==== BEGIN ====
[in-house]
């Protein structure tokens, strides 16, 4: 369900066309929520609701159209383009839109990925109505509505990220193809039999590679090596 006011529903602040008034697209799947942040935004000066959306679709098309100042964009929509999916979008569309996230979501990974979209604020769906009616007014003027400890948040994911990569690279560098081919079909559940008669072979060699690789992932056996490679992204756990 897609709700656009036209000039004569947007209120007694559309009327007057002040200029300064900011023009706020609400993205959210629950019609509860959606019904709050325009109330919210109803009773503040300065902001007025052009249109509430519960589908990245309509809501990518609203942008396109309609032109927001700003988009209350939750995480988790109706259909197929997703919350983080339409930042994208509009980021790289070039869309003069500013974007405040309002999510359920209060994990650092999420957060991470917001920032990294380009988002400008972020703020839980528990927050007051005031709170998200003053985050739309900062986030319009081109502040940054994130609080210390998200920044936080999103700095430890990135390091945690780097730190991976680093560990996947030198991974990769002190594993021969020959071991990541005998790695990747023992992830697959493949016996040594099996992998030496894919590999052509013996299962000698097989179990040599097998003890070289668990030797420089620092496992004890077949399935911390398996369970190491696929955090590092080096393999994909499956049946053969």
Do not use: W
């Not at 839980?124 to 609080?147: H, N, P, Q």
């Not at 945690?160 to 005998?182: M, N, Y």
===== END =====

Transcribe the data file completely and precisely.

[in-house]
């Protein structure tokens, strides 16, 4: 369900066309929520609701159209383009839109990925109505509505990220193809039999590679090596 006011529903602040008034697209799947942040935004000066959306679709098309100042964009929509999916979008569309996230979501990974979209604020769906009616007014003027400890948040994911990569690279560098081919079909559940008669072979060699690789992932056996490679992204756990 897609709700656009036209000039004569947007209120007694559309009327007057002040200029300064900011023009706020609400993205959210629950019609509860959606019904709050325009109330919210109803009773503040300065902001007025052009249109509430519960589908990245309509809501990518609203942008396109309609032109927001700003988009209350939750995480988790109706259909197929997703919350983080339409930042994208509009980021790289070039869309003069500013974007405040309002999510359920209060994990650092999420957060991470917001920032990294380009988002400008972020703020839980528990927050007051005031709170998200003053985050739309900062986030319009081109502040940054994130609080210390998200920044936080999103700095430890990135390091945690780097730190991976680093560990996947030198991974990769002190594993021969020959071991990541005998790695990747023992992830697959493949016996040594099996992998030496894919590999052509013996299962000698097989179990040599097998003890070289668990030797420089620092496992004890077949399935911390398996369970190491696929955090590092080096393999994909499956049946053969």
Do not use: W
């Not at 839980?124 to 609080?147: H, N, P, Q």
């Not at 945690?160 to 005998?182: M, N, Y």